Nonfiction

How Death Brought an Atheist Closer to God: An Exploration into the Mental State of a Grieving Mind

I shrouded myself in the scent of frosted berries. The autumn breeze drifted into my room as I dressed. It was Mother’s Day. However, as I wore my linen turtleneck and gold earrings, the day felt heavy on my shoulders. In many ways, it was ironic that it was Mother’s Day. My mother’s grief floods through the phone with each call this past year. That morning, she calls me and tells me how she slept next to my Aunty the previous night. She tells me about the groans of pain that were substituted for snores. My Aunty, Amtou, was sick with a rare form of terminal appendix cancer.

28 September 2019
Bowen

Lindsay Lohan’s done this, I think, as the cop takes my mugshot. Should I smile? I give the camera a glare that looks petulant, childish.

28 September 2019
Burn City Sound Systems: How Sound System Music is Shaking Melbourne’s Underground Music Scene

Melbourne’s underground music scene is a living organism I had always been aware of but was never cool or curious enough to dive into and experience. Then, two years ago, I was dragged unwittingly to a dub music event—known in the scene as a “dance”—expecting dubstep and to have a terrible time. Instead I was welcomed into a community dedicated to growing their scene, to making important strides in pursuit of social justice, and to throwing an awesome party.

28 September 2019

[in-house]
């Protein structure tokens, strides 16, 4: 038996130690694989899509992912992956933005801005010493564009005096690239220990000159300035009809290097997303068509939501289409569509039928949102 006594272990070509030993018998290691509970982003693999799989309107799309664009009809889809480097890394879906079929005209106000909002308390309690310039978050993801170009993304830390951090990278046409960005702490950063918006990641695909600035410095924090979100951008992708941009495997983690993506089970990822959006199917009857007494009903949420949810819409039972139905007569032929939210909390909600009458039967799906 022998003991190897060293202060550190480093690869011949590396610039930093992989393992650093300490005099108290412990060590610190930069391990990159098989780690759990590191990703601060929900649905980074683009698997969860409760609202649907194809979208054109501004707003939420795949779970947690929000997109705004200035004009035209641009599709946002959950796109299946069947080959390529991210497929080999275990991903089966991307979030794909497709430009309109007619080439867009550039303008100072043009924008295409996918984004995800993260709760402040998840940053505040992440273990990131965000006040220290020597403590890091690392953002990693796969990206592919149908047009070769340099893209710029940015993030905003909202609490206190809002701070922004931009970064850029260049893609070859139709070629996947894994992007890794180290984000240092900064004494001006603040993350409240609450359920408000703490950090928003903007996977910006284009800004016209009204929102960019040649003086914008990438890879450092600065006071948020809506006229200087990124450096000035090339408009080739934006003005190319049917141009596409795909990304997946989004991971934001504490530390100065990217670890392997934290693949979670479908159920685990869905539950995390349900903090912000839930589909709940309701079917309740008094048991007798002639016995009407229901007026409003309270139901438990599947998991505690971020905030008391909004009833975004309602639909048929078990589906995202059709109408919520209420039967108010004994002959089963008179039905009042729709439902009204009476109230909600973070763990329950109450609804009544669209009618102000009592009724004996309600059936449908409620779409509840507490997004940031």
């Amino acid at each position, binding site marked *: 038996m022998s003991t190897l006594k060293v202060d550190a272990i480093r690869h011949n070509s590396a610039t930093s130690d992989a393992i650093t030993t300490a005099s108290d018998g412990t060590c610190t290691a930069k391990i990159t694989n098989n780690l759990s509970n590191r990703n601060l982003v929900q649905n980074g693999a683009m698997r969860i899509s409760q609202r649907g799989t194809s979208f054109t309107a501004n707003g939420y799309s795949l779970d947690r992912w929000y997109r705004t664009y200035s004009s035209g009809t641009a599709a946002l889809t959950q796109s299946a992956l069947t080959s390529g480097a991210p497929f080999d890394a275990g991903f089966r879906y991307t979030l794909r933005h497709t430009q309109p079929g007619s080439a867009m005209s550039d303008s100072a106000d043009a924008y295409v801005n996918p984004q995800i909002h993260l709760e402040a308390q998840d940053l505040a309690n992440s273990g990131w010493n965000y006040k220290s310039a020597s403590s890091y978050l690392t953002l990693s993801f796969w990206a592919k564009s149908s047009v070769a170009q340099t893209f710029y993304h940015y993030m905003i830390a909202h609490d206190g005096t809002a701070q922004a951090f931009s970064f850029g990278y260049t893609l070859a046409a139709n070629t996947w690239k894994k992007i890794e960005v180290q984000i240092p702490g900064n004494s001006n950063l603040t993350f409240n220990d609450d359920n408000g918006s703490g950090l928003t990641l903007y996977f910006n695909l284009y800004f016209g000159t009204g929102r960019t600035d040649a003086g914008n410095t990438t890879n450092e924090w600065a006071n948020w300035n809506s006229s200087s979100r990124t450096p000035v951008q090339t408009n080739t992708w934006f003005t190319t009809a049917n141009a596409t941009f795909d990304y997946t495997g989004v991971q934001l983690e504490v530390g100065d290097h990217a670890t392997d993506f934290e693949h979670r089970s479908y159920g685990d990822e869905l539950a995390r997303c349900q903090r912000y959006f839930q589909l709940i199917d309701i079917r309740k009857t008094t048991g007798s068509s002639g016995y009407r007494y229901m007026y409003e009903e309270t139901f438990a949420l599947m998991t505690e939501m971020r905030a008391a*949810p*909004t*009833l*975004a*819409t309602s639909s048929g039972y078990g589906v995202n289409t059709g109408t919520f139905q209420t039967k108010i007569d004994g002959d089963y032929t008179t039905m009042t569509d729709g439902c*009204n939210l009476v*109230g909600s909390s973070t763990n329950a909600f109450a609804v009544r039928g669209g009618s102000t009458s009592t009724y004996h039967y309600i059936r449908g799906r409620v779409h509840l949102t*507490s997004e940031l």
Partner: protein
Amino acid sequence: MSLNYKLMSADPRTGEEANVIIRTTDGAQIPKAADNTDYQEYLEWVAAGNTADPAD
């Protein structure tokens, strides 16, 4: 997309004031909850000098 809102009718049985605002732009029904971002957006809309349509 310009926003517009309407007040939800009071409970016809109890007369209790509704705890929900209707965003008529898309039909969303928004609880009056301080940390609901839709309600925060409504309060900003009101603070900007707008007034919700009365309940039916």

Living Well When You’re Unwell

Welcome to Living Well When You’re Unwell—a column that answers all your questions about navigating uni, life, relationships, and jobs with disability and chronic illness.

26 September 2019
Double Take

Whether you wake up an hour early to apply your ten-step Korean skincare routine and full-face beat, or roll out of bed and straight through the front door, the impact of the beauty industry plays on our self-perception and esteem feels undeniable.

26 September 2019
Diaspora Dilemmas

Have you ever walked into the wrong lecture during week 1 of the semester? There’s something about the anxiety and the irreplaceable feeling of everyone’s eyes on
you that nothing else can quite replicate.

26 September 2019
Kiss and Tell

It was July 23rd. I waited at Melbourne Airport’s Rideshare pick-up zone for about 6 minutes before the black Honda HR-V arrived. The driver helped me with my luggage—as most drivers at the airport do. We got in the car and the questions began.

24 September 2019
Up into the Mountains and Down to the Countryside

Content warning: intergenerational trauma On the 19th of June 1976, after three anxiety-riddled nights of waiting, six hours of cross-country travel, and another sleepless night squashed into a single bed with her two parents, Jia was finally ready to say goodbye. Not just to her family, she realised, but the last remnants of her home, […]

24 September 2019
For & Against: Baths

FOR by Catriona Smith Picture this: you’ve come home after a long hard day at uni and you have sore muscles and you want to relax. You lounge back in the bath with a good skin treatment, a glass of wine and a book. This level of comfort cannot be achieved in the shower. Baths […]

11 August 2019
Regulating Language

Because of the cumulative effects of assimilation over many generations, Ainu’s uniqueness is in danger of being lost forever. There are only a handful of native speakers left—perhaps as few as fifteen—and all of them are elderly. While there is a much higher number of second-language speakers with varying degrees of fluency, without concerted efforts to protect it, Ainu’s chances of survival are, sadly, quite low.

11 August 2019
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